I enjoyed reading the previous comments on this subject which interests me.
Unfortunately, while I like to read anecdotes, and I don't doubt that everyone has experienced what they wrote, I know that anecdotes can be a matter of memory and seldom involve side-by-side controlled measurements.
In boats there are many variables: Conditions can change (more or less wind
or humidity or water
temp or air temp or angles to sun etc.) and one boat may have insulation
and another not.
For that reason, I suggest everyone watch the following short video that shows some comparative testing of colors and how they differ in their ability to absorb light energy (sunlight).
Please note that the colors you see in the video are thermal imaging representations, and one should look at the captions to see which color is represented, and look at the linked color page to see the actual colors tested.
Which colors absorb more sunlight?
Use your word processor to print a page with different color bars and put it under the sun. The temperature difference between different colors reflects the difference in their abilities to absorb light energy. See the color bars used in this video:
Color page: http://3.bp.blogspot.com/-cZnZhrPxp2...4XbCCqBrgo/s20
In the first video linked above, notice the reflective ability (or the ability to absorb sunlight) of the different colors (see the linked color page to see the real colors on the printed page). These are colors, and unfortunately there is no strip for "white."
Notice the second color strip from the left side.
This corresponds to the color "Yellow." The one that is "coolest" of the colors tested is the color Yellow. In the video's thermal imaging, it appears blue-green, while the "hottest" colors (those that absorb the most sunlight) appear bright yellow-red.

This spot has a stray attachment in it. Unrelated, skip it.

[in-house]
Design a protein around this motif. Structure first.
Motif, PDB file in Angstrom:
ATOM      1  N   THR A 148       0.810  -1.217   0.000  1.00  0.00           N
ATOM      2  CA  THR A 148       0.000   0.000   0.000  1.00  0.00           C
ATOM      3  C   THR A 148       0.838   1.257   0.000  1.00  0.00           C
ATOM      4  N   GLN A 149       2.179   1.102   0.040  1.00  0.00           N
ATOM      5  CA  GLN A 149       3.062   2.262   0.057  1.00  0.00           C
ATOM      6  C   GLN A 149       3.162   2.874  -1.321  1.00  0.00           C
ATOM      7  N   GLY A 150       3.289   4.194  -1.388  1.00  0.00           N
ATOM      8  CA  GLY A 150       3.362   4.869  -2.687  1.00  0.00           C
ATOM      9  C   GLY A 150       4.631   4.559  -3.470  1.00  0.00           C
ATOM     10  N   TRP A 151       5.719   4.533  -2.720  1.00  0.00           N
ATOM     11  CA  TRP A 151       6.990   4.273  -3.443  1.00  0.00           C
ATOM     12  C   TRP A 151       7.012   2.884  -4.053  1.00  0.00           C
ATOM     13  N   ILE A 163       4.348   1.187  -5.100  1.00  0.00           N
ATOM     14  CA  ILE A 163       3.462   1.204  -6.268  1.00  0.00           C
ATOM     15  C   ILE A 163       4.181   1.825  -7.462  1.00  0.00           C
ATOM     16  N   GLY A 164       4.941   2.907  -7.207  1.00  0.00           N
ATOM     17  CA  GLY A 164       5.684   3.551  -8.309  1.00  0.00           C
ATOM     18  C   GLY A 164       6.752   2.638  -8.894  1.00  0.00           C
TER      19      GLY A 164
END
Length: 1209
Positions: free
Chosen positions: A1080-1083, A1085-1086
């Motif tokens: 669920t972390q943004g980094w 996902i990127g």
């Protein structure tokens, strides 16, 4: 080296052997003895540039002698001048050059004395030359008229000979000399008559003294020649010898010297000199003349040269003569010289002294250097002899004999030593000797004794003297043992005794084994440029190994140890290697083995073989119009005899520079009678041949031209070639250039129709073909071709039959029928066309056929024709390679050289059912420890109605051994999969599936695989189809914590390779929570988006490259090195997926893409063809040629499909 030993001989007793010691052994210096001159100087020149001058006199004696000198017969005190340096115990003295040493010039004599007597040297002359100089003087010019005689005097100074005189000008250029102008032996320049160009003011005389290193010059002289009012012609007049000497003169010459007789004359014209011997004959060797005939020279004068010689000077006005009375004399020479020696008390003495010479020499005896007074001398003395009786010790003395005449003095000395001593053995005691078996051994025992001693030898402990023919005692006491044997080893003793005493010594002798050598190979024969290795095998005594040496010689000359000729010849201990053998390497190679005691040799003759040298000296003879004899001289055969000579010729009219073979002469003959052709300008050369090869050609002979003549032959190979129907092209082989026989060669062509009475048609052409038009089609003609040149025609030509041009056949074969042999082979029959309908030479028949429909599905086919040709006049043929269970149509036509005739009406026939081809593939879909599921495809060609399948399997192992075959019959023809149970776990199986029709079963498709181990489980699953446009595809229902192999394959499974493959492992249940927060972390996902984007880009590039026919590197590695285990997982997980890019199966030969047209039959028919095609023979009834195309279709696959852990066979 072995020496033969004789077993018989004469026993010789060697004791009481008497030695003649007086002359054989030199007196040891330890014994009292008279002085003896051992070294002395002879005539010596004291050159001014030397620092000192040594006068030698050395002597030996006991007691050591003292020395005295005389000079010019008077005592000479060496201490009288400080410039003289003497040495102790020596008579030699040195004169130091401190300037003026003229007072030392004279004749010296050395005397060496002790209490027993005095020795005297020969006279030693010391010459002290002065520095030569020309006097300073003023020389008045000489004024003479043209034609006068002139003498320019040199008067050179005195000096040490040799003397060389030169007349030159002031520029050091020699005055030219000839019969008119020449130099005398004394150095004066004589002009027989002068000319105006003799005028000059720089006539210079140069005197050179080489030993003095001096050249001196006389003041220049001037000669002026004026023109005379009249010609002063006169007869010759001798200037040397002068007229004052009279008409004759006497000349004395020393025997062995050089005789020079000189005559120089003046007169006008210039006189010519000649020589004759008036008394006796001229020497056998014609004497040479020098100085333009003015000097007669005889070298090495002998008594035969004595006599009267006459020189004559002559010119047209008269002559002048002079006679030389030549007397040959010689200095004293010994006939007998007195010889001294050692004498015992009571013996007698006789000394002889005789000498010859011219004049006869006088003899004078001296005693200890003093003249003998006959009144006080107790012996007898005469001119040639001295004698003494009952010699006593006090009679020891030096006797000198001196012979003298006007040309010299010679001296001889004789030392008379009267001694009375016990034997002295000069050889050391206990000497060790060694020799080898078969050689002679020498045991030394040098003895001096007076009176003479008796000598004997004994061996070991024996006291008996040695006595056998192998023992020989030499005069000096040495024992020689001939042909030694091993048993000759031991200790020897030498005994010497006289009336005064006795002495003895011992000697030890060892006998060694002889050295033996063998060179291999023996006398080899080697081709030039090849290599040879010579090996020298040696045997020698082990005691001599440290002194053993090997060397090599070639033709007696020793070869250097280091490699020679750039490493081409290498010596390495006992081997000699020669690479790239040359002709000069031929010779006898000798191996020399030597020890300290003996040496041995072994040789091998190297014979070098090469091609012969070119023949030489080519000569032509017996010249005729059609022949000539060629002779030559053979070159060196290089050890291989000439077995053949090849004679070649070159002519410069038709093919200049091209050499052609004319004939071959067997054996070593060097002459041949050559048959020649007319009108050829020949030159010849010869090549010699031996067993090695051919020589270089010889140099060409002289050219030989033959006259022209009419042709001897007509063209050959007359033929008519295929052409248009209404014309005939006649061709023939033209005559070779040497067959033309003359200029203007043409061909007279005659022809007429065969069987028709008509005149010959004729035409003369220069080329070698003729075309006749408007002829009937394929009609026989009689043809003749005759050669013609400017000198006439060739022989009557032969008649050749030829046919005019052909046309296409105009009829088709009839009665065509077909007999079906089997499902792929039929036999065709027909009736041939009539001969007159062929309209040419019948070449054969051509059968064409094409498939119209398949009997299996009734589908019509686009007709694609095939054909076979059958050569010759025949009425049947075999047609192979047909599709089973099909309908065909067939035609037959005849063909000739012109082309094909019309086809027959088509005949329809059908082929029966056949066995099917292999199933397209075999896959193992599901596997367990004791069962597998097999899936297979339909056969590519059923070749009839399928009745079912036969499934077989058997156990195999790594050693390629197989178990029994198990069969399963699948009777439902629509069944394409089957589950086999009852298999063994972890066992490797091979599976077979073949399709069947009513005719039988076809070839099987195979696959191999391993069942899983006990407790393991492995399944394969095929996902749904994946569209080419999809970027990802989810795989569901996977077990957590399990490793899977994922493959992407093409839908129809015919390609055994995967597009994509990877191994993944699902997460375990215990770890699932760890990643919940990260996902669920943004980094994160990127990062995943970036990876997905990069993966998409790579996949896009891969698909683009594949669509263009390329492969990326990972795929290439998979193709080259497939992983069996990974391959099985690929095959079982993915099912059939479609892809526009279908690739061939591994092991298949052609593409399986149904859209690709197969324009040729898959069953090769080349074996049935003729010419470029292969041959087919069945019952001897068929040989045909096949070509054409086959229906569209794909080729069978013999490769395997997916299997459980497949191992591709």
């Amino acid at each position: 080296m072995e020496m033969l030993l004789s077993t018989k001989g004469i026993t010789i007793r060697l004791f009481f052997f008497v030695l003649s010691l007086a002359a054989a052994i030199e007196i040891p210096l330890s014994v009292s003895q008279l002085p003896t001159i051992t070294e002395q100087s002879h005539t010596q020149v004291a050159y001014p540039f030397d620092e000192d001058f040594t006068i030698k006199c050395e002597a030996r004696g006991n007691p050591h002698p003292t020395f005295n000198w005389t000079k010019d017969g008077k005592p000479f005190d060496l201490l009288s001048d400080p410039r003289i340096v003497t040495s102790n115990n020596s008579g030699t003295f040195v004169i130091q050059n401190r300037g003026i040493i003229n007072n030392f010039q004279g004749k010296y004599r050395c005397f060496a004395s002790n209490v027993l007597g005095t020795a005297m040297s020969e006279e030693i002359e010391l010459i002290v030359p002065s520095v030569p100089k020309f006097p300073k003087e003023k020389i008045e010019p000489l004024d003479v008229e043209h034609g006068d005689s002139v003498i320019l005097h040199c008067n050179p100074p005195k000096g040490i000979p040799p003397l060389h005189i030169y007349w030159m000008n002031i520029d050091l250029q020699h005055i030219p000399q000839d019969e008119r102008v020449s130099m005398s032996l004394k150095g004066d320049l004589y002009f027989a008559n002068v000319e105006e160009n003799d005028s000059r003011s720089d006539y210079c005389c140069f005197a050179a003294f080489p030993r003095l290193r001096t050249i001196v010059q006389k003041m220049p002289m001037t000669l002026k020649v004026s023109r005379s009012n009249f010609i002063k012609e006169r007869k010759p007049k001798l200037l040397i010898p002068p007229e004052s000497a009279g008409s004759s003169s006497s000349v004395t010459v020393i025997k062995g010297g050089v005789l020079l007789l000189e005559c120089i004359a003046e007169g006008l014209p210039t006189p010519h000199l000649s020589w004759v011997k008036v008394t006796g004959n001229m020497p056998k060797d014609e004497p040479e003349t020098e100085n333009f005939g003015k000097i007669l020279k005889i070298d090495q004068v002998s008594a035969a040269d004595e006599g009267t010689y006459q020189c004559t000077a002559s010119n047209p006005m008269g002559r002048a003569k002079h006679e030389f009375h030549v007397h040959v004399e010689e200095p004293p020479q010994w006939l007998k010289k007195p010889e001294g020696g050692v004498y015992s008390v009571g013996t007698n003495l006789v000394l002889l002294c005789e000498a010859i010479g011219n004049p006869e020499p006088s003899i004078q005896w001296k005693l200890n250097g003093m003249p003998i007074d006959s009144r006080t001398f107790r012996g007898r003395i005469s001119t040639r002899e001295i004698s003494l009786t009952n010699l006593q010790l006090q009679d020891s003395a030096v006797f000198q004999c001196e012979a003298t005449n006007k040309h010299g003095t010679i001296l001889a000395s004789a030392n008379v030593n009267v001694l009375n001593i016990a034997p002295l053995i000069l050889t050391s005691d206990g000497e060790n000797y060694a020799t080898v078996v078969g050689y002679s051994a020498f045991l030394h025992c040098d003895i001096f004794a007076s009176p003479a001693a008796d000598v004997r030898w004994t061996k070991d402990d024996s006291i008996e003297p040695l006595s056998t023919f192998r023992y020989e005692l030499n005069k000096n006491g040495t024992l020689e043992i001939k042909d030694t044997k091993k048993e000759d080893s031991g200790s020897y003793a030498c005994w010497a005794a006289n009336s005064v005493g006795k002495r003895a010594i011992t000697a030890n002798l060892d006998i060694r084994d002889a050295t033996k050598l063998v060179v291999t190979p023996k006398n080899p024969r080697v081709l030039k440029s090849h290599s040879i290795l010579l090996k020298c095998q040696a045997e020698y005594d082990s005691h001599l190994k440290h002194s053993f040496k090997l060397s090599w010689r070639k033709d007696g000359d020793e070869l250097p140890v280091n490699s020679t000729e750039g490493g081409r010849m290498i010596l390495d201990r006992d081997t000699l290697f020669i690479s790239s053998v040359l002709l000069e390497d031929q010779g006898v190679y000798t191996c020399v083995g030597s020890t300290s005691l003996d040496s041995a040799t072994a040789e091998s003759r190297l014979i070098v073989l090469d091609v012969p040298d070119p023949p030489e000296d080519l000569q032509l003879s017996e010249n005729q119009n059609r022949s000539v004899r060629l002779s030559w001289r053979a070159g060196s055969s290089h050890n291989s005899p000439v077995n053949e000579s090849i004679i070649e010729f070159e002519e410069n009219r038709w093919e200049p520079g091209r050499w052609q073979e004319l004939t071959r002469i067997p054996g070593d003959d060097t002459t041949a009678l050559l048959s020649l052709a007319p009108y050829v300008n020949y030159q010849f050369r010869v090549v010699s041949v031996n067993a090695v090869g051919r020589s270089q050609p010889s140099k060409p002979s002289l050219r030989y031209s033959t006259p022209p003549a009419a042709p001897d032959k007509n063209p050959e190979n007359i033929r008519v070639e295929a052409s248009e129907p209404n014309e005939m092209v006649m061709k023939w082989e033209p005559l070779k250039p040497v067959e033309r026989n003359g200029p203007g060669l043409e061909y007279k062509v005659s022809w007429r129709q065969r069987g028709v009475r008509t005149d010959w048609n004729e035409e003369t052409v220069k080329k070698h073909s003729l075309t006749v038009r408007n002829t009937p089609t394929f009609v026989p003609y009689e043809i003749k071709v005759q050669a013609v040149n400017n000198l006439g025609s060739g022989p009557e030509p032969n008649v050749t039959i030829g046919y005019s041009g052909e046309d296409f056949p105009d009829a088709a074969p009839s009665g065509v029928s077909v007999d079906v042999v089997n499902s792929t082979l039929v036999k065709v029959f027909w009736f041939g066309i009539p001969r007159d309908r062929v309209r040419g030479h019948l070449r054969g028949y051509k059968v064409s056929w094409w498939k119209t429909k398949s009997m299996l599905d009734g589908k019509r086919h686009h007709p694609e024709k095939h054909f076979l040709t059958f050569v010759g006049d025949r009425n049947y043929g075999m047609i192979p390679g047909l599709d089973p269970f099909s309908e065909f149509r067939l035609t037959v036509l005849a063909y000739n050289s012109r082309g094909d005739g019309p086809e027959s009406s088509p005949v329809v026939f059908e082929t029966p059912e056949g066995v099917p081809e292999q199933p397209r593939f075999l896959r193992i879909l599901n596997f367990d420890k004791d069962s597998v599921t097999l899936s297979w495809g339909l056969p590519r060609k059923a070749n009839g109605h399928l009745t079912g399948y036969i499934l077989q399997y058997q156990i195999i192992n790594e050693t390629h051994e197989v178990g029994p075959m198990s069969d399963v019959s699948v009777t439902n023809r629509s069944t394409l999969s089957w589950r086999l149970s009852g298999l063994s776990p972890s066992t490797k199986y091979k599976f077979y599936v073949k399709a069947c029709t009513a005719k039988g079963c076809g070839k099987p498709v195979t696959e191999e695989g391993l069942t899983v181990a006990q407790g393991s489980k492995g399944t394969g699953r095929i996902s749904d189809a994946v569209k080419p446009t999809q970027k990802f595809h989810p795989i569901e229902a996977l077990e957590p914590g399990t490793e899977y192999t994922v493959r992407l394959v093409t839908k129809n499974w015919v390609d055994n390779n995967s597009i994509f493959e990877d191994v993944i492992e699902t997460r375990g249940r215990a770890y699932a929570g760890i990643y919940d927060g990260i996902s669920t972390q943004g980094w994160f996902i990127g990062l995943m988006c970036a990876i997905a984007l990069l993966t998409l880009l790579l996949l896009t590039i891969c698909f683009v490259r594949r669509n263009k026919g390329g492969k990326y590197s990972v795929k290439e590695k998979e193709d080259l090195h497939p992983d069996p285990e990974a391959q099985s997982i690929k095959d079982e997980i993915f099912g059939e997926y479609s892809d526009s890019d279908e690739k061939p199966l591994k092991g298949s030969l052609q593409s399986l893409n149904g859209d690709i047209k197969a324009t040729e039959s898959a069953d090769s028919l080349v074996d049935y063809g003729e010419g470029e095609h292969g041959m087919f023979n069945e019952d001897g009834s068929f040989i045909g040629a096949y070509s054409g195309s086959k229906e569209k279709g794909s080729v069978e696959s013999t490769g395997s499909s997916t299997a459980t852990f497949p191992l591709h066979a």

Of the colors tested in this test, the "coolest" colors that reflect the most sunlight were:
Yellow (the coolest)
Red (second coolest, tied with Light Gray)
Light Gray (second coolest, tied with Light Gray)
The colors that absorb the most sunlight (and show in the thermal image as the "hottest" colors) are:
BLACK (The Hottest)
GRAY (Almost the Hottest)
I like the look of dark blue boats. It is very likely the boat I get would be white, as that is the most common color for hulls.
But, IF I had a choice for a boat paint
job I would choose bright yellow.
For these reasons:
1. Yellow is my personal favorite because I like the color, and I find it cheerful.
2. It reflects sunlight very well and I would like that in the tropics.
3. It is highly visible, especially in a marine environment
, and I would like that anywhere.
My second choice would be a red (i.e. International Orange).
1. Red is another one of my "favorite colors. I like the color.
2. It reflects sunlight well, almost as well as Yellow does.
3. It is highly visible, and in fact is often chosen for arctic boats.
This is not Rocket Science.
But, if you want to hear it from a Rocket Scientist, here you go:
Why space rockets are white - do you know?